“Are you ready to do this?” were the initial words asked by the interviewer to Holmes in the opening scene, before she nervously responded “yep, ready to do it. Need to do it. So gotta get it done.” (1) We learn that for various reasons, including Holmes national identity as a sporting heroine and having served in the Army at a time when it was illegal to be gay, she was unable to come out. For 32 years she had kept this secret to herself, family and friends, fearing that she would be caught. When she came out, she did so first to her non-biological father, whom her mother married and then to the rest of her family at the age of 27. When speaking to her family about her coming out to them, most had known and had always been supportive. For one sister, she states that by her telling her, it had brought them much closer. Coming out, in the most basic sense, is defined as:

“The process of telling someone else how they identify in terms of their romantic orientation, sexual orientation, or gender identity. Coming out is a lifelong process that has both intrapersonal and interpersonal components, although most people have an initial phase where they are first coming out to themselves.” (2)

As we saw with Holmes, it wasn’t just about an issue of time, but it was also related to how she felt, and to how her mental health was deteriorating. The longer and longer she remained in the closet, unable to be herself, the worse she became, to the point we learn that the athlete self-harmed and wanted to commit suicide.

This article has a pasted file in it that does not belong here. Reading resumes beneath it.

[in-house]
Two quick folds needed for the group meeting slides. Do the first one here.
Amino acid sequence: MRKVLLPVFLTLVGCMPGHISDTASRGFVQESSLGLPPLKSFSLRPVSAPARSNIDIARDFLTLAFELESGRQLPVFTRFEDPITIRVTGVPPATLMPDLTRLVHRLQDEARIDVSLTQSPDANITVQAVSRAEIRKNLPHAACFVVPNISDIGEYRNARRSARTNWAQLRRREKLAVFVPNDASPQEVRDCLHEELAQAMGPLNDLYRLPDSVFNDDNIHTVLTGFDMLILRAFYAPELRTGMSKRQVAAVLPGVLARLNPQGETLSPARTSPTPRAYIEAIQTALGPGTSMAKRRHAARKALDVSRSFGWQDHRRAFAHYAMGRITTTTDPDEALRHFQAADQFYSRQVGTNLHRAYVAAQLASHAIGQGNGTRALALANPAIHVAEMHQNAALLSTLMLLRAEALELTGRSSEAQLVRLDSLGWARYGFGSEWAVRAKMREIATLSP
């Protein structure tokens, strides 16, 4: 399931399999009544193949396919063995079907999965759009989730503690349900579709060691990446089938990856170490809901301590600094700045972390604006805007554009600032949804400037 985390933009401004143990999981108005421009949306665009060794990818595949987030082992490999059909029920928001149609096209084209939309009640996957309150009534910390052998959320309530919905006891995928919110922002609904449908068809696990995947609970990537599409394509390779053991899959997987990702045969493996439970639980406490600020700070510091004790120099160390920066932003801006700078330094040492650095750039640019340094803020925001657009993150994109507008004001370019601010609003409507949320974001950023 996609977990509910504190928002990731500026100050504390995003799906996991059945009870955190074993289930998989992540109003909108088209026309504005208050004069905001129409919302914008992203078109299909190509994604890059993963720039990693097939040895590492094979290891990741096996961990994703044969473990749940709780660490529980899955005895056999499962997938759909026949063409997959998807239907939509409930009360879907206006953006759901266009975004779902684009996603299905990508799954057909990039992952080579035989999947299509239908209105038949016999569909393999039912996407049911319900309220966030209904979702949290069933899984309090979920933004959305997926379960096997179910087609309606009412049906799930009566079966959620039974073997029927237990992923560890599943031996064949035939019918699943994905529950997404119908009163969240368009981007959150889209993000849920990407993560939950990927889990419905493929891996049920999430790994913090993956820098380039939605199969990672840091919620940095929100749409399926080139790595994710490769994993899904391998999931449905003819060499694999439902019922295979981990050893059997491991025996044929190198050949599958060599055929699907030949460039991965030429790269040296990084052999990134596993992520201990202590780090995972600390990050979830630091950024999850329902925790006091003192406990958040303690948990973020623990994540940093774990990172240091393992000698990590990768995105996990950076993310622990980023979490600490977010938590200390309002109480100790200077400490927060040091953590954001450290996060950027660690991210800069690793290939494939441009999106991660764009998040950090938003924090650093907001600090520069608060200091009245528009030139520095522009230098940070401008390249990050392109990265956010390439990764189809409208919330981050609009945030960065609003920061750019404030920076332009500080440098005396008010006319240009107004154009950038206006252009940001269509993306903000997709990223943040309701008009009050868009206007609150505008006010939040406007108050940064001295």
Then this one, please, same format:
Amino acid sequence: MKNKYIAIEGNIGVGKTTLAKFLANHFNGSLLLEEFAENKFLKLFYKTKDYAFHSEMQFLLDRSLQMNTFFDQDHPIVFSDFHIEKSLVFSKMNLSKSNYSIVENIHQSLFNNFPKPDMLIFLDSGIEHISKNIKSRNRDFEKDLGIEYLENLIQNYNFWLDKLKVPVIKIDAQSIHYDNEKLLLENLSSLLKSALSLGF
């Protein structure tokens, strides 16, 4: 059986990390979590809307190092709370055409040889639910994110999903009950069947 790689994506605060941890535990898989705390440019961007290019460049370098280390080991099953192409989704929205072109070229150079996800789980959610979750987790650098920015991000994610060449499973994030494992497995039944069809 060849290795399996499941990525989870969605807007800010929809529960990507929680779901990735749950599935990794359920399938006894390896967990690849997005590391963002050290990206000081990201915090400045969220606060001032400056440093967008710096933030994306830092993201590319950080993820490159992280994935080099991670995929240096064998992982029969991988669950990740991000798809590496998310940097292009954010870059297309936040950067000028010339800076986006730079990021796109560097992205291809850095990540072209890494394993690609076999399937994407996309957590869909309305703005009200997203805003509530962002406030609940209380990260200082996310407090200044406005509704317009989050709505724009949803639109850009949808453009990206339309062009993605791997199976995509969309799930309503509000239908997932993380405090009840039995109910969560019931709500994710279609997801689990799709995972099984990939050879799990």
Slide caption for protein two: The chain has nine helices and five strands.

Time and history, however, is still an important aspect. She interviews Welsh Olympic Boxing Champion Lauren Price, who is in a relationship with fellow Olympic boxing medallist Karriss Artingstall, who also served in the Army. The couple officially came out as dating in 2020 after the Tokyo Olympics. When asked about whether they made a decision to come out, the pair both discuss their experiences as being positive and not being an issue. When Holmes mentions that there was a ban for being gay in the Army, which was only overturned in 2000, both were unaware that it even existed and were complete disbelief. Speaking to a current LGBTQ Army network group, they reiterate how times have changed, that they felt included, and that if there were issues, there were now policies in place to help support them.